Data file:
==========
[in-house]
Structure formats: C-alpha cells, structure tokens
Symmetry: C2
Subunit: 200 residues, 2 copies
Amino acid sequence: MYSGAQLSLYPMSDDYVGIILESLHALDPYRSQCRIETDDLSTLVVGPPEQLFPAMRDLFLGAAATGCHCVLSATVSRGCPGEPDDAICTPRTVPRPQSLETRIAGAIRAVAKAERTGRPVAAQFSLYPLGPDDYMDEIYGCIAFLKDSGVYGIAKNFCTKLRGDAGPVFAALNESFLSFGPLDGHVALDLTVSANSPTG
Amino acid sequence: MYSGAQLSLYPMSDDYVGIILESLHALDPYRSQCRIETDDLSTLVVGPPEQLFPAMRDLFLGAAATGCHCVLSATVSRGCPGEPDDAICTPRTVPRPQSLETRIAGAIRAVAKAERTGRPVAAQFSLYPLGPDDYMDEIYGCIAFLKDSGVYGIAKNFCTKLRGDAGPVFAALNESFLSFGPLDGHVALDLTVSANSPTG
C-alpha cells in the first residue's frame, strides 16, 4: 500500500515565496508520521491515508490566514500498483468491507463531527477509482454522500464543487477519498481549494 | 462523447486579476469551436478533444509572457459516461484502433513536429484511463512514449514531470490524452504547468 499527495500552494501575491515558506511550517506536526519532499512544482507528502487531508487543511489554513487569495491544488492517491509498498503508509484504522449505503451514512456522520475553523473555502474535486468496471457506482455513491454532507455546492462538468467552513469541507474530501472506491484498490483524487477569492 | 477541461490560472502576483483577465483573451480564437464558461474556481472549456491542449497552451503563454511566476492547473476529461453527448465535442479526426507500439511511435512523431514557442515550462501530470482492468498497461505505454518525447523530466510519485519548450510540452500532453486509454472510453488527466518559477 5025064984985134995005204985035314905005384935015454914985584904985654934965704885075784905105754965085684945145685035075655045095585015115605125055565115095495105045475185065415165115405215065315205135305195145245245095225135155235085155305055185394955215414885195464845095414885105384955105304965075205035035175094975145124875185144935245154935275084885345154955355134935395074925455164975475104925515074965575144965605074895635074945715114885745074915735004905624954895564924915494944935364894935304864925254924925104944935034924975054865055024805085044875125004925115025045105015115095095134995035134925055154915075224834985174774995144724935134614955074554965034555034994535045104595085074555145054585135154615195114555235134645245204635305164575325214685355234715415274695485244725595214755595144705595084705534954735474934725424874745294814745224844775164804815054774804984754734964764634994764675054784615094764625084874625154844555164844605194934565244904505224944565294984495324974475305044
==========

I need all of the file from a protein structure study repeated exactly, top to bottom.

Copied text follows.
[in-house]
Structure formats: C-alpha cells, structure tokens
Symmetry: C2
Subunit: 200 residues, 2 copies
Amino acid sequence: MYSGAQLSLYPMSDDYVGIILESLHALDPYRSQCRIETDDLSTLVVGPPEQLFPAMRDLFLGAAATGCHCVLSATVSRGCPGEPDDAICTPRTVPRPQSLETRIAGAIRAVAKAERTGRPVAAQFSLYPLGPDDYMDEIYGCIAFLKDSGVYGIAKNFCTKLRGDAGPVFAALNESFLSFGPLDGHVALDLTVSANSPTG
Amino acid sequence: MYSGAQLSLYPMSDDYVGIILESLHALDPYRSQCRIETDDLSTLVVGPPEQLFPAMRDLFLGAAATGCHCVLSATVSRGCPGEPDDAICTPRTVPRPQSLETRIAGAIRAVAKAERTGRPVAAQFSLYPLGPDDYMDEIYGCIAFLKDSGVYGIAKNFCTKLRGDAGPVFAALNESFLSFGPLDGHVALDLTVSANSPTG
C-alpha cells in the first residue's frame, strides 16, 4: 500500500515565496508520521491515508490566514500498483468491507463531527477509482454522500464543487477519498481549494 | 462523447486579476469551436478533444509572457459516461484502433513536429484511463512514449514531470490524452504547468 499527495500552494501575491515558506511550517506536526519532499512544482507528502487531508487543511489554513487569495491544488492517491509498498503508509484504522449505503451514512456522520475553523473555502474535486468496471457506482455513491454532507455546492462538468467552513469541507474530501472506491484498490483524487477569492 | 477541461490560472502576483483577465483573451480564437464558461474556481472549456491542449497552451503563454511566476492547473476529461453527448465535442479526426507500439511511435512523431514557442515550462501530470482492468498497461505505454518525447523530466510519485519548450510540452500532453486509454472510453488527466518559477 5025064984985134995005204985035314905005384935015454914985584904985654934965704885075784905105754965085684945145685035075655045095585015115605125055565115095495105045475185065415165115405215065315205135305195145245245095225135155235085155305055185394955215414885195464845095414885105384955105304965075205035035175094975145124875185144935245154935275084885345154955355134935395074925455164975475104925515074965575144965605074895635074945715114885745074915735004905624954895564924915494944935364894935304864925254924925104944935034924975054865055024805085044875125004925115025045105015115095095134995035134925055154915075224834985174774995144724935134614955074554965034555034994535045104595085074555145054585135154615195114555235134645245204635305164575325214685355234715415274695485244725595214755595144705595084705534954735474934725424874745294814745224844775164804815054774804984754734964764634994764675054784615094764625084874625154844555164844605194934565244904505224944565294984495324974475305044